“[c]haritable appeals for funds, on the street or door to door, involve a variety of speech interests – communication of information, the dissemination and propagation of views and ideas, and the advocacy of causes – that are within the protection of the First Amendment.”
In Schaumburg, a local government had an ordinance prohibiting door-to-door or on-street solicitation of contributions by charitable organizations that did not use at least 75 percent of their receipts for “charitable purposes”. When the Village denied an application for a solicitation permit by Citizens for a Better Environment (“CBE”) because it could not meet the ordinance’s 75 percent requirement, CBE filed suit alleging violations of the First and Fourteenth Amendments and seeking declaratory and injunctive relief. The District Court granted summary judgment and the Court of Appeals affirmed, rejecting the argument of CBE that summary judgment was inappropriate because there was an unresolved factual dispute as to the true character of CBE’s organization due to the fact that CBE challenged the facial validity of the ordinance on First Amendment grounds. The appeals court concluded that even if the 75 percent requirement may be valid, it was unreasonable on its face because it barred solicitation by advocacy-oriented organizations even where the contributions would be used for salaries and costs of gathering and disseminating the charity’s relevant purpose.
What does Schaumburg allow?
With respect to whether a governmental entity may restrict these rights, the Schaumburg Court explained that an entity “may serve its legitimate interests, but it must do so by narrowly drawn regulations designed to serve those interests without unnecessarily interfering with First Amendment freedoms.” The Court made clear that a municipality’s interests “can be better served by measures less intrusive than a direct prohibition on solicitation.”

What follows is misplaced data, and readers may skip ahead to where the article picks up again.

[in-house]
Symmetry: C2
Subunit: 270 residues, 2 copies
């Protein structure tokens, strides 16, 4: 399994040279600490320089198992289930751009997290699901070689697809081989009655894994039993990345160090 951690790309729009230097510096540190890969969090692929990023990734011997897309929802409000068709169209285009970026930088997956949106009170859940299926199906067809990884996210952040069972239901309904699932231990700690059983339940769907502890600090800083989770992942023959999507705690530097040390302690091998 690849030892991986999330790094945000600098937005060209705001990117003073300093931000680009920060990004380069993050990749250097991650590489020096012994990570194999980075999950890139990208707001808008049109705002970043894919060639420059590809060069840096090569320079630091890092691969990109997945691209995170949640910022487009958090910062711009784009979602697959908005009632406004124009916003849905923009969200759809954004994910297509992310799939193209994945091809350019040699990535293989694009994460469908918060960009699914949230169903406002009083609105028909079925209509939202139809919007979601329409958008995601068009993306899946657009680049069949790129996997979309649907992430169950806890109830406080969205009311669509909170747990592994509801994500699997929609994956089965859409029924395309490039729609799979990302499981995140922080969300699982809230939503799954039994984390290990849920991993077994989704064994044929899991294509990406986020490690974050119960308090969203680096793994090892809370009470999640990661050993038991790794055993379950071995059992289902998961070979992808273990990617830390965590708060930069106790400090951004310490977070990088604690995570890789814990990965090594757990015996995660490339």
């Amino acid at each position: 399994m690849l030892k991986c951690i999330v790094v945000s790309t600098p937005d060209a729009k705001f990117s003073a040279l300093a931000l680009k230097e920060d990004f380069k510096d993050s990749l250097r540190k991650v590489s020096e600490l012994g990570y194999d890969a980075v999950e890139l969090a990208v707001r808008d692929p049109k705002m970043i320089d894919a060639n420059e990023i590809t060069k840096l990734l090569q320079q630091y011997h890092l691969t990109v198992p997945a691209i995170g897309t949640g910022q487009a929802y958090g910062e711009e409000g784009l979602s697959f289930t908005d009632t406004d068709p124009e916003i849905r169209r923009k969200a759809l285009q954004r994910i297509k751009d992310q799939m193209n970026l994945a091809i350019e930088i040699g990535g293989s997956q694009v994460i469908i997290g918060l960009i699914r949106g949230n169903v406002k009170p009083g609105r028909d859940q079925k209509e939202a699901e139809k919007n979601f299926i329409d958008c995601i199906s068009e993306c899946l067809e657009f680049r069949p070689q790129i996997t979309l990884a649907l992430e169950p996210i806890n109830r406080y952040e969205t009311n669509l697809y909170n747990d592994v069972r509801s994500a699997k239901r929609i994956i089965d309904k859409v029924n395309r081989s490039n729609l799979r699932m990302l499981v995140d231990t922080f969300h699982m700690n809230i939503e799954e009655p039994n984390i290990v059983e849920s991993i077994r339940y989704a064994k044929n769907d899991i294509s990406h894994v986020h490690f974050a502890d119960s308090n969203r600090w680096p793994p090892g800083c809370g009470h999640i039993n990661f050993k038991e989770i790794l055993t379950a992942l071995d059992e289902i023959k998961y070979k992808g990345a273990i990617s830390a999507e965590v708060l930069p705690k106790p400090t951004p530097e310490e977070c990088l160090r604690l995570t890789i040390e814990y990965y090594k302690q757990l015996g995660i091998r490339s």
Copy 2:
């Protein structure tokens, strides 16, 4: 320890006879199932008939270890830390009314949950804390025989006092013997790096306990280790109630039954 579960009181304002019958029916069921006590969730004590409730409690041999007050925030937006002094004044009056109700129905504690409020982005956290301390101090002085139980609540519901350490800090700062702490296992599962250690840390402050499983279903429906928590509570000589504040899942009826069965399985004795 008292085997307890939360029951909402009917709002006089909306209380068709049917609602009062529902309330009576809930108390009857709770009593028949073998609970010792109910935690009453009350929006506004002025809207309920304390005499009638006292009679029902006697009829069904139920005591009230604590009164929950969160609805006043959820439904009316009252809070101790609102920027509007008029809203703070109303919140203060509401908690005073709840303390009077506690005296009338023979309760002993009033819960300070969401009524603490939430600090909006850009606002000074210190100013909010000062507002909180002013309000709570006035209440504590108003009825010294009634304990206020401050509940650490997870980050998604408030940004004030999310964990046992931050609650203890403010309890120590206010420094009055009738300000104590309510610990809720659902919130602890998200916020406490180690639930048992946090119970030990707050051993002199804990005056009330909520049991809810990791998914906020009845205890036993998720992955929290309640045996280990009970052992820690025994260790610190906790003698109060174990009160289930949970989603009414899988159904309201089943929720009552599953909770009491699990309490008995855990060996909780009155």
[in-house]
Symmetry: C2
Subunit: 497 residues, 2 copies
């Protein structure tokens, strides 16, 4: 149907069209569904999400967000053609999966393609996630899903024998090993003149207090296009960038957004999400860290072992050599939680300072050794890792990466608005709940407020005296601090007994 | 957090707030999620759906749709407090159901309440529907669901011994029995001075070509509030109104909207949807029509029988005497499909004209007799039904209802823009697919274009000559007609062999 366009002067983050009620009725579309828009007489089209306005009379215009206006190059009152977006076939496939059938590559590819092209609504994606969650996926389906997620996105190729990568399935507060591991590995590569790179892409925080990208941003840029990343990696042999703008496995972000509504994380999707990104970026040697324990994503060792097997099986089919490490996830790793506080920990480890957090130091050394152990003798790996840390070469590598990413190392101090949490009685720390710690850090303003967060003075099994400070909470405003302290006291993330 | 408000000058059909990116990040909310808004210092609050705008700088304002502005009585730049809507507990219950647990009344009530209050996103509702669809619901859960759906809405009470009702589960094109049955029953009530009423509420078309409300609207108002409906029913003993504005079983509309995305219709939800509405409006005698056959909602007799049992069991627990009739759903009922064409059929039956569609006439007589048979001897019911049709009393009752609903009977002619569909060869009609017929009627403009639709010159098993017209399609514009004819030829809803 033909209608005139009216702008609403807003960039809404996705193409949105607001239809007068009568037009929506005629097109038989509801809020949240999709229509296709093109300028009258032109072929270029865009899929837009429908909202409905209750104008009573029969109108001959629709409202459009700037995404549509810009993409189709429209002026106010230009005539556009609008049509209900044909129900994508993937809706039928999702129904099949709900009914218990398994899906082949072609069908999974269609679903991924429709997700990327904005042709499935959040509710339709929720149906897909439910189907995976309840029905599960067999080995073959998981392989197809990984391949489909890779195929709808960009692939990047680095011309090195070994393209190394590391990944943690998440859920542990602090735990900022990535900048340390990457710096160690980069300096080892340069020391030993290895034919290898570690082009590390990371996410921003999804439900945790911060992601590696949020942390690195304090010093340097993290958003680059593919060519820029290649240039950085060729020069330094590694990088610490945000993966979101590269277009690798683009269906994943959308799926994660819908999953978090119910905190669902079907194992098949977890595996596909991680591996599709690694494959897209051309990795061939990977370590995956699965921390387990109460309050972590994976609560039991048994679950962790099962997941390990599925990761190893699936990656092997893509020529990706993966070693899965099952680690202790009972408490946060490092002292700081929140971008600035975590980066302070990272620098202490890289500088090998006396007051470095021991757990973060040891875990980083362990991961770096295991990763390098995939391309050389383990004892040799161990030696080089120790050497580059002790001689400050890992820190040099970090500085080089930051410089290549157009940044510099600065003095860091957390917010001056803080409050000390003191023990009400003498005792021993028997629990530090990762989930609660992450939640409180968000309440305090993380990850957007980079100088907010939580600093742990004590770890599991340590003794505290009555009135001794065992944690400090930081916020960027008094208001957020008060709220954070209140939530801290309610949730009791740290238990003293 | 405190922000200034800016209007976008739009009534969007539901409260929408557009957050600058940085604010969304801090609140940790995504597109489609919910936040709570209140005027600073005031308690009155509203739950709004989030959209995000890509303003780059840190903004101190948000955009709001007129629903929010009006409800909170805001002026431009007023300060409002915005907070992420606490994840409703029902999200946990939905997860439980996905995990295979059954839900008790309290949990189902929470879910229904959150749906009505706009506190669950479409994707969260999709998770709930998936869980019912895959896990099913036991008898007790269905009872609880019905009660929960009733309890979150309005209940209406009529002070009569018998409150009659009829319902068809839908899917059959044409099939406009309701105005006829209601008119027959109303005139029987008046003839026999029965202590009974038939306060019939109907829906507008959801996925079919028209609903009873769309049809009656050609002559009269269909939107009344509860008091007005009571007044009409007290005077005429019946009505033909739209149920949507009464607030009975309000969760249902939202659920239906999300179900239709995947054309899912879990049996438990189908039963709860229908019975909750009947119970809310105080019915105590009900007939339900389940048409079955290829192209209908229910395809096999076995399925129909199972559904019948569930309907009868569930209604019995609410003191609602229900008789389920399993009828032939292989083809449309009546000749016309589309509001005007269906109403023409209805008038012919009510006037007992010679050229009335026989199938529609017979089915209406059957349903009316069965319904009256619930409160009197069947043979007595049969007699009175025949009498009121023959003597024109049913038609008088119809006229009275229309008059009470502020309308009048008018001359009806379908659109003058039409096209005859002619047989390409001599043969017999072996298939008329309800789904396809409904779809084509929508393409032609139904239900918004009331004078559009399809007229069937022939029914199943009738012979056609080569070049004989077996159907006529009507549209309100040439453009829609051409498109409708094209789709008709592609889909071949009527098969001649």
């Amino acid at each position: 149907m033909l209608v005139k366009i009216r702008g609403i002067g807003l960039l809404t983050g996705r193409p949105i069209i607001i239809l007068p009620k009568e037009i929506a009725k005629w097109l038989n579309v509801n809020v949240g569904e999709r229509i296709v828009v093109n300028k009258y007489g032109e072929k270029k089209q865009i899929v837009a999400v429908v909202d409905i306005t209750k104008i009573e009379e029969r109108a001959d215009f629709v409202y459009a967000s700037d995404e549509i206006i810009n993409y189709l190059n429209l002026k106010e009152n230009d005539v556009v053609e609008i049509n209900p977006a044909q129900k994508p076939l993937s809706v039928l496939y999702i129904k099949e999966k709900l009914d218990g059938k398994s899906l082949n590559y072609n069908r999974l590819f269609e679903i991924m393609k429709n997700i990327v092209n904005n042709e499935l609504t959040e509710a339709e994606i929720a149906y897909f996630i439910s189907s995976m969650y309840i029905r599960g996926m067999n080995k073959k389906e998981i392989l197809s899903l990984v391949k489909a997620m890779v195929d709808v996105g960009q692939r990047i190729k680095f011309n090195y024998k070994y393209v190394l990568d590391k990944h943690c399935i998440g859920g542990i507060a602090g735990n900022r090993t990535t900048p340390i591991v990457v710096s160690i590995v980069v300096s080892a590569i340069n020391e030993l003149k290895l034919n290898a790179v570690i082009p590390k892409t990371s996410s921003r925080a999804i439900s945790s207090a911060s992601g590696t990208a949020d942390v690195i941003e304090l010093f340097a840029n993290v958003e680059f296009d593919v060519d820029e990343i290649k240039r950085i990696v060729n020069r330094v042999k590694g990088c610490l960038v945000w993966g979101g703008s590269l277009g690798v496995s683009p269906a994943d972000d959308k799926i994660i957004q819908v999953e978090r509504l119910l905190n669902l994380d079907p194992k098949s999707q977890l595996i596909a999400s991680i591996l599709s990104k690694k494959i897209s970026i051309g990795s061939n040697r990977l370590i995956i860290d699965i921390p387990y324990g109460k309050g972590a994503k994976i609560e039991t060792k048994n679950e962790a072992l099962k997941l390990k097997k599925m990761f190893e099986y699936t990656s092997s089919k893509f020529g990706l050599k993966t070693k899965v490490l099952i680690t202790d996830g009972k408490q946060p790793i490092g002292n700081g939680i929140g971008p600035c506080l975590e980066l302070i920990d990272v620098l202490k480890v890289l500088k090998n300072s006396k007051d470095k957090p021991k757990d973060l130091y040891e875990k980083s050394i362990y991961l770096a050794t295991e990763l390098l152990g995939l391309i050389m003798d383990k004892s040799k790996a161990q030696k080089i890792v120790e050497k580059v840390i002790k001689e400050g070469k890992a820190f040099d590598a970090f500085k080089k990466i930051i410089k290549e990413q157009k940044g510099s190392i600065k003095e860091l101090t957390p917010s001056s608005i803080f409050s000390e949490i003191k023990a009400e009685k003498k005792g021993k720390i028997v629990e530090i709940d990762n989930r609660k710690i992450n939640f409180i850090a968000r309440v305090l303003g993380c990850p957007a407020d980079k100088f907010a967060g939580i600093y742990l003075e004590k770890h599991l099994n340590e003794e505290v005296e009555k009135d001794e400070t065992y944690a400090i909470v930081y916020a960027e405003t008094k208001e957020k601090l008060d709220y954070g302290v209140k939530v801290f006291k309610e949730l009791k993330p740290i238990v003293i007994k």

The Supreme Court has additionally held that the government can regulate the collection activities of nonprofits so long as the regulations are reasonable, meaning the regulation “must be done, and the restriction applied, in such a manner as not to intrude upon the rights of free speech and free assembly.” Another relevant Supreme Court case further provides that where a statute imposes a direct restriction on protected First Amendment activity, and where the defect in the statute is that the means chosen to accomplish the State’s objectives are too imprecise, so that in all its applications the statute creates an unnecessary risk of chilling free speech, the statute is properly subject to facial attack.
The Constitutional Chill on Freedom of Speech
The source of the “chill” is the direct punishment of citizens, such as the Plaintiff, through fines for engaging in charitable solicitation. The Supreme Court has also noted that a statute that attempts to restrict speech must be narrowly tailored to achieve an important government interest without unnecessarily infringing on First Amendment rights.
How Charitable Donation Bins Became Protected
Two recent federal cases are particularly instructive. In the first, the Fifth Circuit addressed the appropriate standard of scrutiny when addressing public receptacles used to solicit charitable donations. In National Federation of the Blind of Texas, Inc. v. Abott, (https://caselaw.findlaw.com/us-5th-circuit/1574563.html) the State of Texas adopted an act requiring “for-profit entities” to make certain financial disclosures when collecting donated goods through “public donation receptacles”, when making telephone or door-to-door solicitations, and when making mail solicitations.